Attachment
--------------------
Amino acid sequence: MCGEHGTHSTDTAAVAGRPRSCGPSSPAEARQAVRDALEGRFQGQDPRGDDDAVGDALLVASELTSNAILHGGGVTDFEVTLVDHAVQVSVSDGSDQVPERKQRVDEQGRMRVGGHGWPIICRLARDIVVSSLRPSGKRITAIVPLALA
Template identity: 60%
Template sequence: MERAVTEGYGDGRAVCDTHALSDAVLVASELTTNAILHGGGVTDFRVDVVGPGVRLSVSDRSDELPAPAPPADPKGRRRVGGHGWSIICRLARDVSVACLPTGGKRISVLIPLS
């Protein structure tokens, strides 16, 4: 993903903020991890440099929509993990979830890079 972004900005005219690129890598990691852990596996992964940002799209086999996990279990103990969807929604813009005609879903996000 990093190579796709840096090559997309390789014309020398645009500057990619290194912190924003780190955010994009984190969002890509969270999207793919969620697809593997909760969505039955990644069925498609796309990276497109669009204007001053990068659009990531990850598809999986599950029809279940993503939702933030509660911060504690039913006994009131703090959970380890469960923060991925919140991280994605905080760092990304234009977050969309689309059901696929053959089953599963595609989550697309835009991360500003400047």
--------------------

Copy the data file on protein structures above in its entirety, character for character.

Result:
Amino acid sequence: MCGEHGTHSTDTAAVAGRPRSCGPSSPAEARQAVRDALEGRFQGQDPRGDDDAVGDALLVASELTSNAILHGGGVTDFEVTLVDHAVQVSVSDGSDQVPERKQRVDEQGRMRVGGHGWPIICRLARDIVVSSLRPSGKRITAIVPLALA
Template identity: 60%
Template sequence: MERAVTEGYGDGRAVCDTHALSDAVLVASELTTNAILHGGGVTDFRVDVVGPGVRLSVSDRSDELPAPAPPADPKGRRRVGGHGWSIICRLARDVSVACLPTGGKRISVLIPLS
């Protein structure tokens, strides 16, 4: 993903903020991890440099929509993990979830890079 972004900005005219690129890598990691852990596996992964940002799209086999996990279990103990969807929604813009005609879903996000 990093190579796709840096090559997309390789014309020398645009500057990619290194912190924003780190955010994009984190969002890509969270999207793919969620697809593997909760969505039955990644069925498609796309990276497109669009204007001053990068659009990531990850598809999986599950029809279940993503939702933030509660911060504690039913006994009131703090959970380890469960923060991925919140991280994605905080760092990304234009977050969309689309059901696929053959089953599963595609989550697309835009991360500003400047």